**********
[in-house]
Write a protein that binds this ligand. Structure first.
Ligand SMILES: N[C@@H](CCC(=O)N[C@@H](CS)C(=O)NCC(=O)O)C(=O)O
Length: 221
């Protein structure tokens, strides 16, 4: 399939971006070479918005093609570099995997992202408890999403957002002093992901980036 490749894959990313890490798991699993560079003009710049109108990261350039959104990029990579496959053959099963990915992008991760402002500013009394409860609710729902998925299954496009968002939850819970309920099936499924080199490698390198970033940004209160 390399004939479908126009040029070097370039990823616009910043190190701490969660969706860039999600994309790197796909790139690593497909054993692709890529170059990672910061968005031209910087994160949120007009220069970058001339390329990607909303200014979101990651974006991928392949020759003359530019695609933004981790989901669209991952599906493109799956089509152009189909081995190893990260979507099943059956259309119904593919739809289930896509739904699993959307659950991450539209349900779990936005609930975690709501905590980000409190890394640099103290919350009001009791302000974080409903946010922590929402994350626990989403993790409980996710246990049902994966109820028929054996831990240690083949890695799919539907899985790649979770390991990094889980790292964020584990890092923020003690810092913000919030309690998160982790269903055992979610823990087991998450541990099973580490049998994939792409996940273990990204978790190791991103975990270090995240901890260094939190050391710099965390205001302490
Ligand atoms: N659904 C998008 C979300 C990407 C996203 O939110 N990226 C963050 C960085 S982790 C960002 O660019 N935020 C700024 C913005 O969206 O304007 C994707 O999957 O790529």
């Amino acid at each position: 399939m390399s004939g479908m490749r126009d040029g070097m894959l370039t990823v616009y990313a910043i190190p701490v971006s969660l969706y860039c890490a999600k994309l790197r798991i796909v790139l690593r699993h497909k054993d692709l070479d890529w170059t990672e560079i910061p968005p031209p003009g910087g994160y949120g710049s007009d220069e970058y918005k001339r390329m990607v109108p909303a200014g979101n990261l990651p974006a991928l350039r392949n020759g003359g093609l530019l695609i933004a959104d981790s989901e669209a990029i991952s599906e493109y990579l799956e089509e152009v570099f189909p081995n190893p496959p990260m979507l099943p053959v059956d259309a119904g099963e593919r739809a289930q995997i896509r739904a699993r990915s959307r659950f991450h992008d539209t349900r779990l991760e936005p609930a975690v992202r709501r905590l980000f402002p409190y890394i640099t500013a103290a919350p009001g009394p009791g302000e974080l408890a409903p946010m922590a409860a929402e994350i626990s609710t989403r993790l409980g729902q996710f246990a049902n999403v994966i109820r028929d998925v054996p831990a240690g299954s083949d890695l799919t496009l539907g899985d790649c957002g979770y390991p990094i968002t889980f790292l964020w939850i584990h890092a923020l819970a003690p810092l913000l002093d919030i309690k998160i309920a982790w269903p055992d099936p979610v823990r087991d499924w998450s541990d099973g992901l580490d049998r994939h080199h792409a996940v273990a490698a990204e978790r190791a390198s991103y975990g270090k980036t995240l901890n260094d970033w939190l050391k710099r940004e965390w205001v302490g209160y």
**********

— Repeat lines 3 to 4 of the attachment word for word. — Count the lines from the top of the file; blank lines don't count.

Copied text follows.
Ligand SMILES: N[C@@H](CCC(=O)N[C@@H](CS)C(=O)NCC(=O)O)C(=O)O
Length: 221